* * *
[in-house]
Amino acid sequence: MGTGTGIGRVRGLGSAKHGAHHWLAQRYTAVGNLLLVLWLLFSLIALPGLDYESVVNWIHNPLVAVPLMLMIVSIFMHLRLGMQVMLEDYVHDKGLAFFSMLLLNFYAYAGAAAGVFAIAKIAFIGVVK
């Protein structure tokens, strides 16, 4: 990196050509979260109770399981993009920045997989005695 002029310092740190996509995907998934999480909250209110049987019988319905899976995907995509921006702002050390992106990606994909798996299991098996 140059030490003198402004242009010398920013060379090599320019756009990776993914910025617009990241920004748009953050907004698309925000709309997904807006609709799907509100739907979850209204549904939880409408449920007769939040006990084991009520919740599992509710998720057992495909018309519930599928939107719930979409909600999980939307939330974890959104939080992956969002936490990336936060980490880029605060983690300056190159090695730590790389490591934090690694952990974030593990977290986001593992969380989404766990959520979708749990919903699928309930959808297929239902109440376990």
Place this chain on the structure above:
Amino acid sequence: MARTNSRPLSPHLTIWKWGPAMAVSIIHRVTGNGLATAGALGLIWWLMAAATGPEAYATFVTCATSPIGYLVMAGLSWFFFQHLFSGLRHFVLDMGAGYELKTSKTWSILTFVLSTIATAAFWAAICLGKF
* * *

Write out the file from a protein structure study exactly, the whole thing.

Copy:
[in-house]
Amino acid sequence: MGTGTGIGRVRGLGSAKHGAHHWLAQRYTAVGNLLLVLWLLFSLIALPGLDYESVVNWIHNPLVAVPLMLMIVSIFMHLRLGMQVMLEDYVHDKGLAFFSMLLLNFYAYAGAAAGVFAIAKIAFIGVVK
């Protein structure tokens, strides 16, 4: 990196050509979260109770399981993009920045997989005695 002029310092740190996509995907998934999480909250209110049987019988319905899976995907995509921006702002050390992106990606994909798996299991098996 140059030490003198402004242009010398920013060379090599320019756009990776993914910025617009990241920004748009953050907004698309925000709309997904807006609709799907509100739907979850209204549904939880409408449920007769939040006990084991009520919740599992509710998720057992495909018309519930599928939107719930979409909600999980939307939330974890959104939080992956969002936490990336936060980490880029605060983690300056190159090695730590790389490591934090690694952990974030593990977290986001593992969380989404766990959520979708749990919903699928309930959808297929239902109440376990």
Place this chain on the structure above:
Amino acid sequence: MARTNSRPLSPHLTIWKWGPAMAVSIIHRVTGNGLATAGALGLIWWLMAAATGPEAYATFVTCATSPIGYLVMAGLSWFFFQHLFSGLRHFVLDMGAGYELKTSKTWSILTFVLSTIATAAFWAAICLGKF